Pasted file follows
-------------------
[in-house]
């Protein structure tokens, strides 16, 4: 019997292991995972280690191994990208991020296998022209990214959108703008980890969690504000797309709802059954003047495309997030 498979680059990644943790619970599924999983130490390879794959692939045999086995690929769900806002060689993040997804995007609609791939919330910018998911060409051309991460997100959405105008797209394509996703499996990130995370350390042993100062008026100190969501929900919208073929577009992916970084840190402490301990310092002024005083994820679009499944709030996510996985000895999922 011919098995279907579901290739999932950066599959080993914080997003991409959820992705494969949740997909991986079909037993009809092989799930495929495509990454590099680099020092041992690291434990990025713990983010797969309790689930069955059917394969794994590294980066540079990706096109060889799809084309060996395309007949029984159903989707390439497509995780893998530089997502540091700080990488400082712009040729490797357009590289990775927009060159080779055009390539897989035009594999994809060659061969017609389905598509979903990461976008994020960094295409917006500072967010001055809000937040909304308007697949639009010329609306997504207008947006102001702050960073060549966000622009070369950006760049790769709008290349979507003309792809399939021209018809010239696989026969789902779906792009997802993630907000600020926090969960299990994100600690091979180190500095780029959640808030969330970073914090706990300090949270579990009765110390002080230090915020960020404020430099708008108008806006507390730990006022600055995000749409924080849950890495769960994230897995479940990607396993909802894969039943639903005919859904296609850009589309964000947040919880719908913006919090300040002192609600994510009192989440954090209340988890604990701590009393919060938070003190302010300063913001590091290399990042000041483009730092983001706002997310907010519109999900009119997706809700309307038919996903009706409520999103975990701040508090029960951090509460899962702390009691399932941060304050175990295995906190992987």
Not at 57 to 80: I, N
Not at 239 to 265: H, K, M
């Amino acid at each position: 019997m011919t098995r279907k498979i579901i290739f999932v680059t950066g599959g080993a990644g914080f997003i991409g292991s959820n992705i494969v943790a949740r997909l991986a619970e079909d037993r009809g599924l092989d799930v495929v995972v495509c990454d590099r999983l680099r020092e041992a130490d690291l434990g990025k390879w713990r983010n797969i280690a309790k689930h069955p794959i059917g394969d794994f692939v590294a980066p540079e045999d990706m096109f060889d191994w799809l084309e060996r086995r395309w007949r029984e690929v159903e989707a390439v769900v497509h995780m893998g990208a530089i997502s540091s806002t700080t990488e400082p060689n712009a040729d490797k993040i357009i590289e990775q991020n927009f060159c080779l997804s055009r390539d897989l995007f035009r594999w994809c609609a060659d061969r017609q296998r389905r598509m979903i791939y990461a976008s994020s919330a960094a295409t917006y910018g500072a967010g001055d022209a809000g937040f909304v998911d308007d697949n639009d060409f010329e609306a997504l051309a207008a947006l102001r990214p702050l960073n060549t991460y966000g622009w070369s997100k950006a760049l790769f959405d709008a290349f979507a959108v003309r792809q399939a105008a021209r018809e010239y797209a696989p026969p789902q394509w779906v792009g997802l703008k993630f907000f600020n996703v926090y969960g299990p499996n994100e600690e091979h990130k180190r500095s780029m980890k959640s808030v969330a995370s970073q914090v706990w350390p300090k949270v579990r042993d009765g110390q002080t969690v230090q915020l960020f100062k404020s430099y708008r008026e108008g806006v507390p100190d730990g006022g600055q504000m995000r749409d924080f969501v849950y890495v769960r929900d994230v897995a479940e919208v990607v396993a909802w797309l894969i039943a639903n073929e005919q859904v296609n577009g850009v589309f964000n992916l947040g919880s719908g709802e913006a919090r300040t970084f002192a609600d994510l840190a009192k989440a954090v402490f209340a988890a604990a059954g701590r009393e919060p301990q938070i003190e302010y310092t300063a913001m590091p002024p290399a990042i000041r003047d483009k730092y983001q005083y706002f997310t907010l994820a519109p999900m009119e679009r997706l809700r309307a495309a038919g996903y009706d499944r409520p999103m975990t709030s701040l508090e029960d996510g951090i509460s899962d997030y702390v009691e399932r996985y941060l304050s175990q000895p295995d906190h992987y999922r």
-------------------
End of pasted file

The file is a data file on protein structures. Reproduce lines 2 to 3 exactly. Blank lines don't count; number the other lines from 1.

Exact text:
């Protein structure tokens, strides 16, 4: 019997292991995972280690191994990208991020296998022209990214959108703008980890969690504000797309709802059954003047495309997030 498979680059990644943790619970599924999983130490390879794959692939045999086995690929769900806002060689993040997804995007609609791939919330910018998911060409051309991460997100959405105008797209394509996703499996990130995370350390042993100062008026100190969501929900919208073929577009992916970084840190402490301990310092002024005083994820679009499944709030996510996985000895999922 011919098995279907579901290739999932950066599959080993914080997003991409959820992705494969949740997909991986079909037993009809092989799930495929495509990454590099680099020092041992690291434990990025713990983010797969309790689930069955059917394969794994590294980066540079990706096109060889799809084309060996395309007949029984159903989707390439497509995780893998530089997502540091700080990488400082712009040729490797357009590289990775927009060159080779055009390539897989035009594999994809060659061969017609389905598509979903990461976008994020960094295409917006500072967010001055809000937040909304308007697949639009010329609306997504207008947006102001702050960073060549966000622009070369950006760049790769709008290349979507003309792809399939021209018809010239696989026969789902779906792009997802993630907000600020926090969960299990994100600690091979180190500095780029959640808030969330970073914090706990300090949270579990009765110390002080230090915020960020404020430099708008108008806006507390730990006022600055995000749409924080849950890495769960994230897995479940990607396993909802894969039943639903005919859904296609850009589309964000947040919880719908913006919090300040002192609600994510009192989440954090209340988890604990701590009393919060938070003190302010300063913001590091290399990042000041483009730092983001706002997310907010519109999900009119997706809700309307038919996903009706409520999103975990701040508090029960951090509460899962702390009691399932941060304050175990295995906190992987």
Not at 57 to 80: I, N